The independent status results in increased independence and responsibility, and consequently the enforcement agent is responsible from both a penal and a civil standpoint. He is independent from his client from the moment that he is a jurist, and responsible, and he will refuse to support or participate in any illegal cause. The enforcement agent must have the responsibility for managing the enforcement measures, in total independence, particularly in relation to the judge, but the latter will nonetheless be able to carry out controls regarding the work of the enforcement agent. The responsibility of the enforcement agent must be engaged should he contravene either of the two basic principles that should guide his actions, which are the proportionality of the action taken in relation to what is necessary and the objectivity required for the performance of his tasks.

The efficiency of justice and the training of professionals

The UIHJ campaigns for a high level of legal training for enforcement agents throughout the world, which is a factor that contributes to legal security and consequently stability. But this conviction is true for all professionals who participate in the workings of justice. Concerning the enforcement agent, he must have, in those countries where this is not yet the case, the same level of training as that of a judge or lawyer. Effectively, alongside the latter two figures, the enforcement agent completes the three links in the chain that are necessary and indispensable to the trial (the judge decides, the lawyer represents, the enforcement agent enforces the decisions).

To fulfil this objective, the UIHJ organises or contributes to a great many seminars and symposiums and also participates actively in the creation of training centres in the countries in which it is established.

So it is that in Africa, in the countries in the Ohada (Organization for the Harmonization of Business Law in Africa) zone, each year it organises several actions relating to the training of African enforcement agents.  The same is true in the Eastern European countries (e.g.: Poland, Hungary, etc.) where there is an important need for harmonisation. Similar actions are underway or will be set in motion in the Maghreb countries (Tunisia, Morocco and Algeria).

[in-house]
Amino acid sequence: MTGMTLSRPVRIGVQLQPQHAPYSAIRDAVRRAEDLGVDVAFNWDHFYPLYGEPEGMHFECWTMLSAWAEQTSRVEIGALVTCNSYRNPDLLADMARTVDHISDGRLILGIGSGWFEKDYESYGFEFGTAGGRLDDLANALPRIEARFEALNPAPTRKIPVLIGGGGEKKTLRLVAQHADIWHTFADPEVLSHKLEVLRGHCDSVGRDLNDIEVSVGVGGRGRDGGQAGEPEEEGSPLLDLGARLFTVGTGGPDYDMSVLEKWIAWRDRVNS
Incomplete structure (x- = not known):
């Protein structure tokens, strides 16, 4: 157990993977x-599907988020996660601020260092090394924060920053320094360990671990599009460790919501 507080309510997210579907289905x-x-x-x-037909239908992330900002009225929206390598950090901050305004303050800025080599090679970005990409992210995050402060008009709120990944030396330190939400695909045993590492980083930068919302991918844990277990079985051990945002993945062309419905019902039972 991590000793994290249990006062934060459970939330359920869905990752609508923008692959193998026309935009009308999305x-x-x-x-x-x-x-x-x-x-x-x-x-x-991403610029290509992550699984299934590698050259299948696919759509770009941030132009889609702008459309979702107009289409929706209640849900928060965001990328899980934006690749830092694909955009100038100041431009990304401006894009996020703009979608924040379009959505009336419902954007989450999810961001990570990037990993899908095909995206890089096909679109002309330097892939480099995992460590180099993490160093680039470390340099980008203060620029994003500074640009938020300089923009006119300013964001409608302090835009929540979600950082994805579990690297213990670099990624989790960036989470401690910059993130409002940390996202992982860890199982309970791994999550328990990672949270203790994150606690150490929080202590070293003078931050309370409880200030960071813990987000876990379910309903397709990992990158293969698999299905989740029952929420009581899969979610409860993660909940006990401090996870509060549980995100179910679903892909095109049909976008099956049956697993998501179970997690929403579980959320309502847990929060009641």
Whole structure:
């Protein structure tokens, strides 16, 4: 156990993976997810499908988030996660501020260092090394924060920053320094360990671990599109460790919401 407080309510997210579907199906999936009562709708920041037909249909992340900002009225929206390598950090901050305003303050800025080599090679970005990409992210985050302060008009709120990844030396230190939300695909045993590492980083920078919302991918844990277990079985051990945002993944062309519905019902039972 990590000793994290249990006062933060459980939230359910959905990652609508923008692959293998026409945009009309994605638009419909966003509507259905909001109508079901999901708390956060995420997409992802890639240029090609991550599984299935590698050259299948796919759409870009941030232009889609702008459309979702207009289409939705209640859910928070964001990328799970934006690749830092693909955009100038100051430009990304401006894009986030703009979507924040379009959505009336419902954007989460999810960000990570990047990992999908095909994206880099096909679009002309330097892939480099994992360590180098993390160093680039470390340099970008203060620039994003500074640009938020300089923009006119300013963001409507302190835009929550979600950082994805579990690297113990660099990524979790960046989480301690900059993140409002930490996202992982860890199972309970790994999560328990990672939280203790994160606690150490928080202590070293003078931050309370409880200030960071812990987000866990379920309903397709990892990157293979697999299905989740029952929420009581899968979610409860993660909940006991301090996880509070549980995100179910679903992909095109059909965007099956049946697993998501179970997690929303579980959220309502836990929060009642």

For the UIHJ, it also seems necessary, with a view to ensuring a more efficient justice system, that continued training of legal professionals in the same way as for enforcement agents and other judicial officers should be obligatory, according to modalities that could be harmonised within Europe in terms of the recommended duration (e.g. a certain number of hours per year).

Discipline and checks on professionals

The tasks of legal professionals are of such importance that they should respond to qualitative standards of the very highest level. This implies, in addition to training, that the ethics and discipline of all those who work in the domain of justice (judge, lawyer, clerk of the court, enforcement agent, etc.) should be subject to controls. The efficiency of justice requires the protection of the persons implicated in legal proceedings against any errors that could be made by the legal professionals, and the reparation of any such errors, and therefore the indemnification of the victims.

The UIHJ recommends a double control. At the professional level, a discipline and ethics committee, made up of members of the profession in question, which would ensure a disciplinary and ethical control of the members of the profession, armed with an array of appropriate sanctions. At the extra-professional level, for more serious cases of contravention of the professional and ethical rules, a judge should be responsible for sanctioning, as necessary, the behaviour of professionals who do not respect the rules or their deontology. These sanctions may extend as far as definitively banning a professional from exercising his activity. Any person implicated in legal proceedings who feels wronged by an action performed by a professional, as a result of a fault or an example of misconduct by the latter, must have direct access to the disciplinary and control bodies. However at the same time it is also important to avoid abuses that could generate eccentric or unfounded requests...

The priority objectives for UIHJ

Respect for time constraints, complete information for the person implicated in the legal proceedings as well as quick and fair enforcement of legal decisions are the priority objectives that the UIHJ intends to achieve. The UIJH can but be encouraged by any progress made in this direction, which will contribute to making the justice system more efficient in real terms as well as in the way that it is regarded by the citizen -‘consumer of justice'.

Finally, the UIHJ repeats that it is and will remain ready to cooperate with the Council of Europe on all issues of a legal nature concerning the justice system and legal decisions in general, and enforcement agents in particular. The UIHJ will accept any invitation to participate in consultations or hearings or any request for expertise in these domains.